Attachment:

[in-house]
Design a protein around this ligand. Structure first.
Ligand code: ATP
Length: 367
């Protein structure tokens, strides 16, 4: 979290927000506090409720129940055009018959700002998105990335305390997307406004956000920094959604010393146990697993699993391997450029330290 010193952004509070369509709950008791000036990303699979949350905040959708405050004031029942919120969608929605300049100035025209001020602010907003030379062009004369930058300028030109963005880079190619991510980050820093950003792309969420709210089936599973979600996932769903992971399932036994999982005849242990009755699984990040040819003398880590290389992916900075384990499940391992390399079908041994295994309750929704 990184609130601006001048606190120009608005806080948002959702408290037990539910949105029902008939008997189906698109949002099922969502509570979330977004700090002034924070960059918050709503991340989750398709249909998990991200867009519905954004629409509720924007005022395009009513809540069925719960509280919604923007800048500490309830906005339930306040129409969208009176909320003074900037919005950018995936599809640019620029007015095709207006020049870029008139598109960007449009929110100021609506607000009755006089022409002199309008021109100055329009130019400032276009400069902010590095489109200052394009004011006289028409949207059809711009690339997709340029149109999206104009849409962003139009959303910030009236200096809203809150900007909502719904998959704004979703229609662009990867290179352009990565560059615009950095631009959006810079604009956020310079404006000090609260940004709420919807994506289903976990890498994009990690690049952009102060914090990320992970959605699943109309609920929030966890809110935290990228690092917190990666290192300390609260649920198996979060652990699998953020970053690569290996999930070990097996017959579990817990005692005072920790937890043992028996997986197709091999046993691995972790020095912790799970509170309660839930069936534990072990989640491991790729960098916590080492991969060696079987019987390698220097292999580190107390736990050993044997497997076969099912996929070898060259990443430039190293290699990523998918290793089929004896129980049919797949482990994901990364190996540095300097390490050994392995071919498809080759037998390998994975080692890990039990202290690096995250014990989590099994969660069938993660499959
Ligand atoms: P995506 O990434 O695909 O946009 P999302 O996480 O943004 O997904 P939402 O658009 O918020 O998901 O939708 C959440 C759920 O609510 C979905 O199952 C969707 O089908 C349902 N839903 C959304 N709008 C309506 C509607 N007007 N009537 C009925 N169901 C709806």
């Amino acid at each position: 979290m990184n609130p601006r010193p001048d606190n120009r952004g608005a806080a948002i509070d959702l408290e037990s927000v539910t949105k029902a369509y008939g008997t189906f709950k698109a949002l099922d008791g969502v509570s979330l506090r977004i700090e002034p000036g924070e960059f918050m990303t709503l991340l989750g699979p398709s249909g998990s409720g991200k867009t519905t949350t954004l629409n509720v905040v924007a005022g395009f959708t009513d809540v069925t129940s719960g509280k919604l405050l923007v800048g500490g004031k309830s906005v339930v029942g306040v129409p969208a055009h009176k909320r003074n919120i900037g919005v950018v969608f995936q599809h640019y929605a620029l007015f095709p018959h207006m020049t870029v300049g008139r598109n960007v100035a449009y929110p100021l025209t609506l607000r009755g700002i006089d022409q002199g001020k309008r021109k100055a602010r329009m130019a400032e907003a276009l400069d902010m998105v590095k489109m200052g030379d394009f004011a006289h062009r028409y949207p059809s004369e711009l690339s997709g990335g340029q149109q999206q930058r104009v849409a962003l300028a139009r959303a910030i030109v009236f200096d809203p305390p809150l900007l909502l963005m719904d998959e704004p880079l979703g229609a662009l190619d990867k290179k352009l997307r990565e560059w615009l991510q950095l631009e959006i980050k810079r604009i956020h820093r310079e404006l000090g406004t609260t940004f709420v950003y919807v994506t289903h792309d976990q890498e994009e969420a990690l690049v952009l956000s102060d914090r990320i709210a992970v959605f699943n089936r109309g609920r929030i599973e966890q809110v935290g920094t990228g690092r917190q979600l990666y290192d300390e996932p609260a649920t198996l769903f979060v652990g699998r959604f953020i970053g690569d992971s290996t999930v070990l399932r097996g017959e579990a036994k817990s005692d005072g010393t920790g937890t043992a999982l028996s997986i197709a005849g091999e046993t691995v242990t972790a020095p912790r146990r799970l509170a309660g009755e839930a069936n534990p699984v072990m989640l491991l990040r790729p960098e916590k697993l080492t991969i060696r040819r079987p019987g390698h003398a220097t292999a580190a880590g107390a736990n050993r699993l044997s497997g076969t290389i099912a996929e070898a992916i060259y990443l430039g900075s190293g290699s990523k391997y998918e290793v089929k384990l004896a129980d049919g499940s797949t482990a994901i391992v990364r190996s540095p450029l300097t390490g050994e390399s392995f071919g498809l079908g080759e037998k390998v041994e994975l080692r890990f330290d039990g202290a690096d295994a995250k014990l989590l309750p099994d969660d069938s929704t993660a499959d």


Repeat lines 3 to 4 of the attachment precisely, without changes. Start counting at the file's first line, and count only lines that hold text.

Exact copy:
Ligand code: ATP
Length: 367